Bank failures for 2010 surpass last year's total

Regulators seized four more banks Friday, including Pierce Commercial Bank, which received $6.8 million in taxpayer aid through the Troubled Asset Relief Program in January 2009.

The latest round of closings pushed the total for the year to 143, topping the figure for all of 2009.

The Federal Deposit Insurance Corp. arranged for Heritage Bank, of Olympia, Wash., to take over Pierce Commercial's sole branch, along with its $193.5 million in deposits and $221.1 million in assets.

Pierce Commercial, which was based in Tacoma, had been operating since June under a "prompt corrective action'' order that called for it to raise additional capital or find a buyer or merger partner.

The other banks shut down Friday were K Bank, of Randallstown, Md.; Western Commercial Bank, of Woodland Hills, Calif; and First Vietnamese American Bank, of Westminster, Calif.

K Bank was the biggest of this week's casualties. Manufacturers and Traders Trust Co., the parent company of M&T Bank, assumed K Bank's seven branches, its $500.1 million in deposits and $410.8 million of its assets. 

The FDIC retained $127.5 million in assets for later disposition.

First California Bank, of Westlake Village, Calif., agreed to take over Western Commercial's lone branch, along with its $101.1 million and $98.6 million in assets.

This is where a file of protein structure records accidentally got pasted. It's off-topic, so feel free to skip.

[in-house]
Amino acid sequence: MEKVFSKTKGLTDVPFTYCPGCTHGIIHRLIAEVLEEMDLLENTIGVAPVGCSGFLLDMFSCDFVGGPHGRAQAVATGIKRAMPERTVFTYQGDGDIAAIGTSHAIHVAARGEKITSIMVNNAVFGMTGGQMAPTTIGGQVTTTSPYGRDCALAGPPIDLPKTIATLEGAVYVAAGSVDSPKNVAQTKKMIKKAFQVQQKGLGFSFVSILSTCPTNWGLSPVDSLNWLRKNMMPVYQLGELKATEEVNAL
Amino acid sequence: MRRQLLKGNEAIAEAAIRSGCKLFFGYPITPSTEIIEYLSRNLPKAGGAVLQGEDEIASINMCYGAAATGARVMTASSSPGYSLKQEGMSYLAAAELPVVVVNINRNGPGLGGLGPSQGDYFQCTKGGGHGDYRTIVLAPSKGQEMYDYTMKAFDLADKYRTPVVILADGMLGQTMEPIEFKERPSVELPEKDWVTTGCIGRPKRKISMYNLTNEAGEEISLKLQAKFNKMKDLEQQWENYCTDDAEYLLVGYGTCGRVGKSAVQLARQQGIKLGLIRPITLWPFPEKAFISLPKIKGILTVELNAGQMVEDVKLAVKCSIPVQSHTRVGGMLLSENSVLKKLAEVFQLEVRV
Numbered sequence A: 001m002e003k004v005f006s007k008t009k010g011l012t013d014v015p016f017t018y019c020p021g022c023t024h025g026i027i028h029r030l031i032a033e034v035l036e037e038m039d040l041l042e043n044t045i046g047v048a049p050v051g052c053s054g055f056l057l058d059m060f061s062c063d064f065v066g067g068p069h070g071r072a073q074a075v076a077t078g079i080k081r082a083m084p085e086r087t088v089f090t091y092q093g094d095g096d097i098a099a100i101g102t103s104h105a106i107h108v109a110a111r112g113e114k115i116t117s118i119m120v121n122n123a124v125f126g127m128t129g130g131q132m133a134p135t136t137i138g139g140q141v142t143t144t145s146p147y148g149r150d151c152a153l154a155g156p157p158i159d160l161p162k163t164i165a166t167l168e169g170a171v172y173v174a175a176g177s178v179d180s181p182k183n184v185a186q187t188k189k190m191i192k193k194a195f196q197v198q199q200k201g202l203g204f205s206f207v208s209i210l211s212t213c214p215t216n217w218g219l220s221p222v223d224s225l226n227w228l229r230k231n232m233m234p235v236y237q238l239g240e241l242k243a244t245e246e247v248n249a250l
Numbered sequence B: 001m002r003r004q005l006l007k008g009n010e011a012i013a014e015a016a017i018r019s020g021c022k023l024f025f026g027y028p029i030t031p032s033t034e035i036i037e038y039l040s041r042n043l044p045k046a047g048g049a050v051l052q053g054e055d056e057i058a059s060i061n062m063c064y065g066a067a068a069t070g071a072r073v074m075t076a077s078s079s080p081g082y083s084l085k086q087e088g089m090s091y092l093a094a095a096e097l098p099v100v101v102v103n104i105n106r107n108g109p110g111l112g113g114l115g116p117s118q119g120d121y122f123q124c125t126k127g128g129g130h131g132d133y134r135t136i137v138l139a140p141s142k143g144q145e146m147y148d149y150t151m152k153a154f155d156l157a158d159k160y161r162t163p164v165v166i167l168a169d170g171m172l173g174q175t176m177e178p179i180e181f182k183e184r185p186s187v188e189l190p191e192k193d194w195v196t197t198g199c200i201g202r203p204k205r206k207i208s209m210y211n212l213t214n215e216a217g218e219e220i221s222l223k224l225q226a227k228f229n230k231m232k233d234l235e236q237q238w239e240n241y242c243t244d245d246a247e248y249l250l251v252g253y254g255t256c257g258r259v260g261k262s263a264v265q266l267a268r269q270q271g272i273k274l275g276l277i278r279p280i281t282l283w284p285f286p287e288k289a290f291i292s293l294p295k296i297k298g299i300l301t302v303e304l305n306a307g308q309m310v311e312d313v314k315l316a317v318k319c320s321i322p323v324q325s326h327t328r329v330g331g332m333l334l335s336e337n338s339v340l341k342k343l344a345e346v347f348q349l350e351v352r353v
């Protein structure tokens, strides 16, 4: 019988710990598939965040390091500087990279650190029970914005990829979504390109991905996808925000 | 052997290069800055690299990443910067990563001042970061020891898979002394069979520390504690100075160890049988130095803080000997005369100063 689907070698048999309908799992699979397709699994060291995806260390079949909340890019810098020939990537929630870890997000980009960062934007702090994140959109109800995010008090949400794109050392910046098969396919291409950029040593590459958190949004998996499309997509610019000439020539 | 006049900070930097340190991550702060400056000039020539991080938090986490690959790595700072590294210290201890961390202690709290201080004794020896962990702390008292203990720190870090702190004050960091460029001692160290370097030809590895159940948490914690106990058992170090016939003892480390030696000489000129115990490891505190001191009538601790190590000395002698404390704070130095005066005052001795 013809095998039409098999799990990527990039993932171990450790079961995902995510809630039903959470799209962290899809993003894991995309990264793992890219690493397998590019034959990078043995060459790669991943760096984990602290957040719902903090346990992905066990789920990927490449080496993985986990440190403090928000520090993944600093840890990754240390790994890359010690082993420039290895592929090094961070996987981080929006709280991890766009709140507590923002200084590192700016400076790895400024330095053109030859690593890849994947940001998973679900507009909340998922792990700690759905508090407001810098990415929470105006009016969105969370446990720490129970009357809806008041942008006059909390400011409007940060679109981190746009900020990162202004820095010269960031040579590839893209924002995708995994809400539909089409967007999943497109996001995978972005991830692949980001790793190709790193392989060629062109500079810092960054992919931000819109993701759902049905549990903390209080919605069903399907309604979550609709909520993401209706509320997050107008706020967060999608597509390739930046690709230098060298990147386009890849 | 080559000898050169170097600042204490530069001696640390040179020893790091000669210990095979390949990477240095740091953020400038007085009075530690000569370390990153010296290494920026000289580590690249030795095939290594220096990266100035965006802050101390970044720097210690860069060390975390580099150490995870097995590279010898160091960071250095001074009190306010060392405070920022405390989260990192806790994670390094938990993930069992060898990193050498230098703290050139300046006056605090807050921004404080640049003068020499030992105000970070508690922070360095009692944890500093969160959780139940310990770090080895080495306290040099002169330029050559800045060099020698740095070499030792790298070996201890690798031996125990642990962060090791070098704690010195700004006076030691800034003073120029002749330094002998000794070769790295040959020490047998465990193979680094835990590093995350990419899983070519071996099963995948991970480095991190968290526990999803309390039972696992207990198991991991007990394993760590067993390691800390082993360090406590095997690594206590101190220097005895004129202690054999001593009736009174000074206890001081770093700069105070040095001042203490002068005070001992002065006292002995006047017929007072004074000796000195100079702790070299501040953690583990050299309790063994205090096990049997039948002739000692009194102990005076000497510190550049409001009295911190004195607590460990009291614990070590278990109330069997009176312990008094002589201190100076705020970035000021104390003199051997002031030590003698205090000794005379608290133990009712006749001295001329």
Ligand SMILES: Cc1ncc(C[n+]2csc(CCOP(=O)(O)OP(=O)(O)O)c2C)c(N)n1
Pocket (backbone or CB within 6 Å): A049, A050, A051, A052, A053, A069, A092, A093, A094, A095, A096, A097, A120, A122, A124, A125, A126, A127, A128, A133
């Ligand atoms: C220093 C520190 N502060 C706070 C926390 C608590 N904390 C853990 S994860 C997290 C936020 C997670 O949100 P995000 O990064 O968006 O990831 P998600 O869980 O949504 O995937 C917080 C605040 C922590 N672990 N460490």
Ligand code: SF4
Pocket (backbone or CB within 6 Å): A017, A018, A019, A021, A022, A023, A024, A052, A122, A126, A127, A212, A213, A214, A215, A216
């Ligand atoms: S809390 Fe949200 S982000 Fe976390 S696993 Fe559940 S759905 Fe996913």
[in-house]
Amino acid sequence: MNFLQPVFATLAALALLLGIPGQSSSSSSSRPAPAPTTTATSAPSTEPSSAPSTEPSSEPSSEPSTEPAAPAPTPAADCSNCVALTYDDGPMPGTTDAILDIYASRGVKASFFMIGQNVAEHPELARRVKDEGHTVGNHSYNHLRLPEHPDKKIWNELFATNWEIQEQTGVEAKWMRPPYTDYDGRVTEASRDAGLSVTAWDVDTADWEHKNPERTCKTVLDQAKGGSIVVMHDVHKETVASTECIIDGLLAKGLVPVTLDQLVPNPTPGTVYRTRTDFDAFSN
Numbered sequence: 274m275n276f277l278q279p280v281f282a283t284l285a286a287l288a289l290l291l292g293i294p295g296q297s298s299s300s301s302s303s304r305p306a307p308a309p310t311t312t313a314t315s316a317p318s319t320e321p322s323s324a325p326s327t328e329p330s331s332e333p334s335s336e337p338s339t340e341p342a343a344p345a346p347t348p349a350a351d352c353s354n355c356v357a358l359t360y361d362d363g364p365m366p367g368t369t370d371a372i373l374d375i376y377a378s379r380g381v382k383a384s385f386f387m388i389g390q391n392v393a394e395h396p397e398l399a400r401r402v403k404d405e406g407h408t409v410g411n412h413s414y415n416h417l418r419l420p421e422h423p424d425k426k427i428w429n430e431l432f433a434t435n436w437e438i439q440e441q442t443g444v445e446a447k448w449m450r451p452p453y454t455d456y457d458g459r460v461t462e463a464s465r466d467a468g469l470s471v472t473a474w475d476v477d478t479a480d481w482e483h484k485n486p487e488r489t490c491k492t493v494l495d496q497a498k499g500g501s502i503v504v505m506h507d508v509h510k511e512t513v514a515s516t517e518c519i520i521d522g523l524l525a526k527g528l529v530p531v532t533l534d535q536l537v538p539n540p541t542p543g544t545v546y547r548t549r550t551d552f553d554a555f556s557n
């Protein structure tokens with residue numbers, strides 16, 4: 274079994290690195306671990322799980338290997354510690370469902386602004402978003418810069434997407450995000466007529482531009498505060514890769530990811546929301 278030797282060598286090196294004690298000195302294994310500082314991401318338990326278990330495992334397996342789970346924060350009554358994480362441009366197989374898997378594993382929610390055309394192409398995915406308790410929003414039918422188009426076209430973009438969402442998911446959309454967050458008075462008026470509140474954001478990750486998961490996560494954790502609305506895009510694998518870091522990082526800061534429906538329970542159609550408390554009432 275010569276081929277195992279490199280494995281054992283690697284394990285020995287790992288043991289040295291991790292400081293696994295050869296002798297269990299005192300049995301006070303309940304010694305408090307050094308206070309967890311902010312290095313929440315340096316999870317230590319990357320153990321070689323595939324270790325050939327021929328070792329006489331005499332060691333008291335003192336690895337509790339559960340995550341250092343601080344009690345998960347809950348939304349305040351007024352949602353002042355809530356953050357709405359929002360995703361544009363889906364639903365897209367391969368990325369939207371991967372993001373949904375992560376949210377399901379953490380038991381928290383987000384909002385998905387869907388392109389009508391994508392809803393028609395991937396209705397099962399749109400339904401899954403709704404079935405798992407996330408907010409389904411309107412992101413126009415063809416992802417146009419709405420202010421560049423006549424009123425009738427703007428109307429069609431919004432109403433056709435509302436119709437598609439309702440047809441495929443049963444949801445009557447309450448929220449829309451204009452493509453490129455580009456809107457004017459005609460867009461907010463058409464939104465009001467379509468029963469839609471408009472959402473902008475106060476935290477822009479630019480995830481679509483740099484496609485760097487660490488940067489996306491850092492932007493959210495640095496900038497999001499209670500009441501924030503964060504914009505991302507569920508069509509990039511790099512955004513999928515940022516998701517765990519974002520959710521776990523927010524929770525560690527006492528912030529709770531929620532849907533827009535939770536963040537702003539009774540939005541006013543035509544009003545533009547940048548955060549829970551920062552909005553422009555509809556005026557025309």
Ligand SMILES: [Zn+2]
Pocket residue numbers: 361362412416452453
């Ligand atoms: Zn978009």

Grandpoint Bank, based in Los Angeles, absorbed First Vietnamese American, which also was a single-branch institution. That failed bank had $47 million in deposits and $48 million in total assets.

The FDIC said the four closings would cost its deposit insurance fund an estimated $256.5 million, with K Bank accounting for nearly $200 million of that total.

Pierce Commercial's parent company, Pierce County Bancorp., had not repaid its TARP aid at the time of the bank's closing, meaning the Treasury Department will likely never see that money again.

Pierce County Bancorp also had missed at least four quarterly dividend payments on the stock it issued the government in return for the TARP aid.

Pierce Commercial was the fifth TARP bank to be closed by regulators. A sixth TARP recipient, CIT Group Inc., reorganized in bankruptcy court, wiping out Treasury's $2.3 billion investment in that company, which specialized in commercial lending.

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